The UKSHA has published more than 100 weekly national flu and COVID-19 surveillance reports throughout the epidemic.
These reports provide an important picture of the epidemic with details of confirmed cases, outbreaks, hospital admissions and deaths – where it can be divided by factors including age, gender, region and setting.
As we learn to live with COVID-19, and as described in the government’s Living With COVID-19 plan, the virus will now be managed in the same way as other respiratory infections, such as the flu. This means that we will test, monitor and report the virus in a way that is close to what we do for other infectious diseases.
The change in the way we test and support COVID-19 means that ‘Pillar 2’ testing data, which includes community LFD and PCR tests, both noticeable and asymptomatic, will no longer provide the same amount of data; So it will not be the main component of our weekly report, which will be dominated by the results of the ‘Pillar 1’ test from the NHS.
Of course, some high-risk groups, such as NHS hospital patients, are eligible for COVID-19 antiviral and other treatments, and tests are underway for NHS and adult social care workers.
This data formed the basis of the ‘Pillar 1’ experiment across epidemics. Focusing on the results of these tests will enable us to continue monitoring and protecting people at risk of hospitalization, serious illness and potential death. Pillar 1 data will continue to support genomic surveillance that helps track the evolution of viruses.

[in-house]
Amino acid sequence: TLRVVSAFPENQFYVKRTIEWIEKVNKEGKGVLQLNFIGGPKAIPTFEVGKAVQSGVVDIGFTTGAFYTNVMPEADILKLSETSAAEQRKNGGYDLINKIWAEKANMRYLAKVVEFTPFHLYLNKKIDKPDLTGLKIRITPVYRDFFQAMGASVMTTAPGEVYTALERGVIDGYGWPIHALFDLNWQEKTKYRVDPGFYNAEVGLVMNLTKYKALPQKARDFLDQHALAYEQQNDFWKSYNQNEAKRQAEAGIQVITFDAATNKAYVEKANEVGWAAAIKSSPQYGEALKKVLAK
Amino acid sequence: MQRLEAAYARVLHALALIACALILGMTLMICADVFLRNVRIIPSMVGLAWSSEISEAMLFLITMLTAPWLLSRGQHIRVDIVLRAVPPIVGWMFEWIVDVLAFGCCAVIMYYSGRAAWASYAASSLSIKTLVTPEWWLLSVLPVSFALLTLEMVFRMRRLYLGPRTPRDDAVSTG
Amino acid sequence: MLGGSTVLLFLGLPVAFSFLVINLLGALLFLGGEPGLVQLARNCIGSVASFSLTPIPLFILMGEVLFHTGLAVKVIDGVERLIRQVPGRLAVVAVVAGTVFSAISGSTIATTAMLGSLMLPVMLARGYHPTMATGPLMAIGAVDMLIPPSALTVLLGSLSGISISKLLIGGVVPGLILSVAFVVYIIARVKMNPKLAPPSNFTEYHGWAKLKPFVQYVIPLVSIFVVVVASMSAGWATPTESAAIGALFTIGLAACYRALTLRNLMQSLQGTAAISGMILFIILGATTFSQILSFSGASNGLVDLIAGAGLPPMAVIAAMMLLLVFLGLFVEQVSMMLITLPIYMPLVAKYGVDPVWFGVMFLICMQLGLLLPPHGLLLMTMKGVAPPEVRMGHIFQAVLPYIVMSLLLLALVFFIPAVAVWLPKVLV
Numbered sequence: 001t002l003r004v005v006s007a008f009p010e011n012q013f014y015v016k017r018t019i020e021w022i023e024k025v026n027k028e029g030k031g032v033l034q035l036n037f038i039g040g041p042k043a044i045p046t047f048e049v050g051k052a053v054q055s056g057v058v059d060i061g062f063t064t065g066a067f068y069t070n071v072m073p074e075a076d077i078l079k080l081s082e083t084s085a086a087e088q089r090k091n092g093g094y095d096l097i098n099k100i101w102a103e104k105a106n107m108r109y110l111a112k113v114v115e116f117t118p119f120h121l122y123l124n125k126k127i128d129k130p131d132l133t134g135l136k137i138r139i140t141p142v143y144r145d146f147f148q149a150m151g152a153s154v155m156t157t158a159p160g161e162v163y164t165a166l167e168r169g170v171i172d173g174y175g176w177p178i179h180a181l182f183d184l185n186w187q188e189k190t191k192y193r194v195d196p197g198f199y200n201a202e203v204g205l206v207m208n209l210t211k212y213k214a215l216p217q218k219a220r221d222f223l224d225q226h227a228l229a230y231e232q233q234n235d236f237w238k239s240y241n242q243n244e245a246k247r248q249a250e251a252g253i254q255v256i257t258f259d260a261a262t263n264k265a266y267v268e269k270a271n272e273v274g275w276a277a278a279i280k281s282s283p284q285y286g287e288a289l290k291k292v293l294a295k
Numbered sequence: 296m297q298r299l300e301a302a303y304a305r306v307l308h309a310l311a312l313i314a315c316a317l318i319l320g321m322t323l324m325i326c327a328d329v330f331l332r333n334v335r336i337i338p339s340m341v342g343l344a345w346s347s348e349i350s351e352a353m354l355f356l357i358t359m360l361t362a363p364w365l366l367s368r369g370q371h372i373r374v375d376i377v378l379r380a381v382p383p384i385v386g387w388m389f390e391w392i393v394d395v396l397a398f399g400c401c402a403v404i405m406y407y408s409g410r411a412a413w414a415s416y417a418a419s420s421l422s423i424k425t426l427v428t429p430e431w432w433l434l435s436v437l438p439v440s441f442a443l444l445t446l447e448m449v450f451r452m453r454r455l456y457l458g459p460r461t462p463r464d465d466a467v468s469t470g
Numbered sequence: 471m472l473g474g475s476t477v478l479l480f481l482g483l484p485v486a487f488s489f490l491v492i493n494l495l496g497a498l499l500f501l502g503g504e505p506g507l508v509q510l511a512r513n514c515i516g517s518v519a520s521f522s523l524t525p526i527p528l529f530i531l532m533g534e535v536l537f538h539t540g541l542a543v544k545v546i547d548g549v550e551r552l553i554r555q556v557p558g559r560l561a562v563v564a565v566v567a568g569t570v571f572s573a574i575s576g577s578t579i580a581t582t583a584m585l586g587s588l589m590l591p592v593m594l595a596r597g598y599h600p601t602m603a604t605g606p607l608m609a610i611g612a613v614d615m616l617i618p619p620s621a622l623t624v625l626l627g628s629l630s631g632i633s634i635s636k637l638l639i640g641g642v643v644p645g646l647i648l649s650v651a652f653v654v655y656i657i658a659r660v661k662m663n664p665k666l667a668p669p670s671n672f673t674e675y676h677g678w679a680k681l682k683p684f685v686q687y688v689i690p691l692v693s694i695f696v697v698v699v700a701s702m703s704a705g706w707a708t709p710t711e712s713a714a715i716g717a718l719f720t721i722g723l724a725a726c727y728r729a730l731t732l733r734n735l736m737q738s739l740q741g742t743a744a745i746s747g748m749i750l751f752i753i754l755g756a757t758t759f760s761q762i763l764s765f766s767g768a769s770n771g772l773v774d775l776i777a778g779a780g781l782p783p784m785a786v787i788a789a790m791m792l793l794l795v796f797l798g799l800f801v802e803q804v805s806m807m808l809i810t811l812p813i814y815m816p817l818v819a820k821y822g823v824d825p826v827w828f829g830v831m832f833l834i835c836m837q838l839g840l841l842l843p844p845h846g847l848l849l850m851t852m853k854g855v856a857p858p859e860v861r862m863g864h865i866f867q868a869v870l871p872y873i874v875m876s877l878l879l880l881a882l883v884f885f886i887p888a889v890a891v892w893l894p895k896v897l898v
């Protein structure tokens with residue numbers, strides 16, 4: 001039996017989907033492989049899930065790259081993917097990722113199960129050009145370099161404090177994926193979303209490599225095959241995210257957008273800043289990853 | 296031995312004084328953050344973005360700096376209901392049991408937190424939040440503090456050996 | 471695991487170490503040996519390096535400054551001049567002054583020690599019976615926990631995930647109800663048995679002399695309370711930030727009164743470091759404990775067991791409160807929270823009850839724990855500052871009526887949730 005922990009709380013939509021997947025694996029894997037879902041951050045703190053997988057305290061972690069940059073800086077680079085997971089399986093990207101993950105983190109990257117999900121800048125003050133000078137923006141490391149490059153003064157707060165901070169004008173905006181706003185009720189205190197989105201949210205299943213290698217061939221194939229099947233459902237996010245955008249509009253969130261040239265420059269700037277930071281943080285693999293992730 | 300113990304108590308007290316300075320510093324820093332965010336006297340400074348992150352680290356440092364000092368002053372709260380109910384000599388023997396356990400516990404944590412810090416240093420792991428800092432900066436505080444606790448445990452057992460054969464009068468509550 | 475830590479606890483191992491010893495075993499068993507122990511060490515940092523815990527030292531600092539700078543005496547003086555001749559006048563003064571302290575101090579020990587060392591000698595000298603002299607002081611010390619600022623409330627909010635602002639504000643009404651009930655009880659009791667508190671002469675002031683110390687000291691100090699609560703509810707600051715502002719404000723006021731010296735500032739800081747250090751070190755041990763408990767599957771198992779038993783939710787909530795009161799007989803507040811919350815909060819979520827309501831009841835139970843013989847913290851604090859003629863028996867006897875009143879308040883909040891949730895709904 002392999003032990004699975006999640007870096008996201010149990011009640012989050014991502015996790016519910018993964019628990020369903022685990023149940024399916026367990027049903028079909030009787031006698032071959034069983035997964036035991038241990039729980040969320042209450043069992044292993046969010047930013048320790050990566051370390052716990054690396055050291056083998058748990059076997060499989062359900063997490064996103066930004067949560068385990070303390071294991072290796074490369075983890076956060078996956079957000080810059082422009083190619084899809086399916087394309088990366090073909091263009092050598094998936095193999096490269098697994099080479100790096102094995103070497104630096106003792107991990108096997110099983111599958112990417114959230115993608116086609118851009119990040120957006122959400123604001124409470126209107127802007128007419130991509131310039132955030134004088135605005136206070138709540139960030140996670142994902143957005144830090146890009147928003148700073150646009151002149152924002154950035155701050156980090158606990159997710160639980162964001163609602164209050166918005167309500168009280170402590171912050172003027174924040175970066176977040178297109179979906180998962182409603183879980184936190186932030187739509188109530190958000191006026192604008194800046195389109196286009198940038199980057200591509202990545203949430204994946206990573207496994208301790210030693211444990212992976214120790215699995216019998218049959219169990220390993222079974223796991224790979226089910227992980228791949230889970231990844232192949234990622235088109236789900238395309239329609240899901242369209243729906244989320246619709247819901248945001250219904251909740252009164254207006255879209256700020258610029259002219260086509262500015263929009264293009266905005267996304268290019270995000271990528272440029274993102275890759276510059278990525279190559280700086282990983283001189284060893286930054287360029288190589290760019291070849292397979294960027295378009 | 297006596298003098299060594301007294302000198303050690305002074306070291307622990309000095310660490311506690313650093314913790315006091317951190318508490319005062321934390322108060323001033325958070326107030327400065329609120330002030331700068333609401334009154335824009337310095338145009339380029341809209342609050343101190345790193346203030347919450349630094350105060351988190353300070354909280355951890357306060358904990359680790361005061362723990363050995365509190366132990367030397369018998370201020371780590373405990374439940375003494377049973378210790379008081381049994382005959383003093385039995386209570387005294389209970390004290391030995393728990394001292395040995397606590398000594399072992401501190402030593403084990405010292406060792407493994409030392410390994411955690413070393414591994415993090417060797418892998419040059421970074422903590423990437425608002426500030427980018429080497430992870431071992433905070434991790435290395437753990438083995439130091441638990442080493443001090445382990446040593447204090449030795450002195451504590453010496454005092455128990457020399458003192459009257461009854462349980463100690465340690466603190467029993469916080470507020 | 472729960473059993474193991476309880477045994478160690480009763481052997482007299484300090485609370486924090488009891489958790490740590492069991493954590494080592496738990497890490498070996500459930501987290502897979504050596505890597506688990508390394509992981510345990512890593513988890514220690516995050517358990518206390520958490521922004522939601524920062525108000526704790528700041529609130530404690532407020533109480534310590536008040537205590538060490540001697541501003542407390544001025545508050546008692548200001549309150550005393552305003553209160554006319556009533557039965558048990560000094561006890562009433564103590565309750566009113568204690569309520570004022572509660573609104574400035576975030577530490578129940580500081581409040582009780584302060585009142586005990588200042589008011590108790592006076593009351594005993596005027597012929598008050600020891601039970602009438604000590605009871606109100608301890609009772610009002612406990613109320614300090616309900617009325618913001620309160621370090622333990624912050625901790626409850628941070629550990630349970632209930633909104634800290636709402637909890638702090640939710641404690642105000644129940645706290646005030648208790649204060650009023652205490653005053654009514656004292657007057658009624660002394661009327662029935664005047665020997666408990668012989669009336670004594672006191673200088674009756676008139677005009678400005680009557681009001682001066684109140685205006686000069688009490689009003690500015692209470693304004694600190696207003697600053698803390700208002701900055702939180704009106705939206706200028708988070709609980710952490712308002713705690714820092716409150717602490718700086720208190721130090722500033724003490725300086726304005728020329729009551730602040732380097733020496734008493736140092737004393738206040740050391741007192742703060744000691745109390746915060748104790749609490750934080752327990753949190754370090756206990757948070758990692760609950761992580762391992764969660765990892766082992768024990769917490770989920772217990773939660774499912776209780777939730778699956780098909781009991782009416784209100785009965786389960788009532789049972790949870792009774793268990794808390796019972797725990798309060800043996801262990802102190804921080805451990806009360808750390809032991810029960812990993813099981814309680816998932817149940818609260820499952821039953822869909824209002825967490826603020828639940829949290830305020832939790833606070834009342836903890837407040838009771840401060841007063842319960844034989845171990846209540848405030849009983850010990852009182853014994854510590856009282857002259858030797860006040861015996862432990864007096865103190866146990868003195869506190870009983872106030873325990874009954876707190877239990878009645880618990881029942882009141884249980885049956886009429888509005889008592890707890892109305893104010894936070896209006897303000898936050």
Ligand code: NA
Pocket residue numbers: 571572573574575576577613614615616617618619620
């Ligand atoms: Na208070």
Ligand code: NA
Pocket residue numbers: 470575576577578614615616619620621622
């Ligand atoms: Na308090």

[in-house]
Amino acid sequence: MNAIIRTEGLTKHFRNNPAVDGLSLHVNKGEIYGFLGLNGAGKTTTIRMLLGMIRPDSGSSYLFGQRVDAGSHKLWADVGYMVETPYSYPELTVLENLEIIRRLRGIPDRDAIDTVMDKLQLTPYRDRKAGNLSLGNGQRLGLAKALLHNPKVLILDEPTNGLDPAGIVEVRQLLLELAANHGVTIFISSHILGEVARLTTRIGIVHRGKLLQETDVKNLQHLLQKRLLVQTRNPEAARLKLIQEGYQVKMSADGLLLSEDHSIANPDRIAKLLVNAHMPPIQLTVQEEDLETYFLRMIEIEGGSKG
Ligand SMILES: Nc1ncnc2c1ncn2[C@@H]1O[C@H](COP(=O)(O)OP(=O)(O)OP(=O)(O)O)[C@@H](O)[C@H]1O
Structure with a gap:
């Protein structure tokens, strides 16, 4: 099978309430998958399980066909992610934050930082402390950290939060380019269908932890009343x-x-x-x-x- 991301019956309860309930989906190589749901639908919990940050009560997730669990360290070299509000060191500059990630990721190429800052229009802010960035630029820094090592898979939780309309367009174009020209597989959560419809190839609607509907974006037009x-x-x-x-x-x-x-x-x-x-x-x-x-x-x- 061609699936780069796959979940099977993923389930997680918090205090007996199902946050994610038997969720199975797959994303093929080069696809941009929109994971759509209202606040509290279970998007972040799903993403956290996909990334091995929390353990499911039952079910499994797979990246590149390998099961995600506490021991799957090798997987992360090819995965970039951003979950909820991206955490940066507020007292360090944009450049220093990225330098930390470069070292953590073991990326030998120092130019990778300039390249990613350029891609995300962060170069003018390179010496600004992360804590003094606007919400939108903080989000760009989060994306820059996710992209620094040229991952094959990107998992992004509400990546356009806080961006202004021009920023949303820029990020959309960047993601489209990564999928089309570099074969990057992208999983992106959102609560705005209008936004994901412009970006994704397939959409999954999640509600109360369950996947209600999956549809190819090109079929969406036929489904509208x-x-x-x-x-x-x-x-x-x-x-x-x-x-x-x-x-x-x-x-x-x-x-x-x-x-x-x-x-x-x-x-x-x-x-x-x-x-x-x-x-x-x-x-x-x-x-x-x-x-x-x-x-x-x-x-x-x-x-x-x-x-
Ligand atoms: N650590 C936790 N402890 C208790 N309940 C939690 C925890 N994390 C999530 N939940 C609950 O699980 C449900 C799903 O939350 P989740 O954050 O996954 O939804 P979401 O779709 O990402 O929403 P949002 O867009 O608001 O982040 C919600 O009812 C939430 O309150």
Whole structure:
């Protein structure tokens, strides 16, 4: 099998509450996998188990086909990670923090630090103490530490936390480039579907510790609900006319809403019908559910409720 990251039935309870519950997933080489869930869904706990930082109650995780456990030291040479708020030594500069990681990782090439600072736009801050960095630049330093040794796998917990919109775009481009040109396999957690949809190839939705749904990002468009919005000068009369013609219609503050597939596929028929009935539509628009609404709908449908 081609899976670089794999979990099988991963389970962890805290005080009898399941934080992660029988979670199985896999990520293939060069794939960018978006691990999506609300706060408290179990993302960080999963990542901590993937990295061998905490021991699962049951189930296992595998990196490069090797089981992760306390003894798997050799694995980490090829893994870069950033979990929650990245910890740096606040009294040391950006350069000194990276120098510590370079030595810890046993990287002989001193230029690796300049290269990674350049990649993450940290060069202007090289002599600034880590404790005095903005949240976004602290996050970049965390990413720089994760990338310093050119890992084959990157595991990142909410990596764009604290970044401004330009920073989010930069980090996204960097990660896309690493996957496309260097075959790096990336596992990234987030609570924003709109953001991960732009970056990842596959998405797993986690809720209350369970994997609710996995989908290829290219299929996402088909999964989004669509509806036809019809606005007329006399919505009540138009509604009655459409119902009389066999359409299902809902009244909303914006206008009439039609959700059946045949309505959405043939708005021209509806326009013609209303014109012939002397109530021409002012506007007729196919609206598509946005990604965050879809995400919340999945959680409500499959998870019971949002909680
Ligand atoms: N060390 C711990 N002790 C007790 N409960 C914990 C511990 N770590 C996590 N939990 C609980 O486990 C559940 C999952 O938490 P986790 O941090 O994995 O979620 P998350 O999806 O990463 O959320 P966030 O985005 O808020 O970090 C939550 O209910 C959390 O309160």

However, community testing data will continue to be published alongside this core data and will provide a useful broad context when we observe the overall impact of COVID-19.
The RCGP Sentinel Swabbing Scheme will continue to provide an important indicator for COVID-19 cases and community positivity. By sampling more than 200 GP exercises, the scheme provides a positive rate that monitors whether the proportion of people infected with COVID-19 has increased by week, by age, and by region.
Real-time syndrome surveillance is used daily by health professionals to detect variable trends that indicate high levels of illness in the population. This surveillance method collects and analyzes anonymous health data across England – tracking the symptoms presented by patients instead of laboratory tests for specific infections.
All of our surveillance methods have been chosen so that long-term data can be measured regularly and consistently. No single source of data tells the whole story of disease activity, nor can any system provide an exact figure of exactly how many people may have a disease like Kovid-19.
But as we learn to live with COVID-19, our surveillance will continue to provide a strong understanding of COVID-19 activity and provide valuable insights for informing public health work and health services.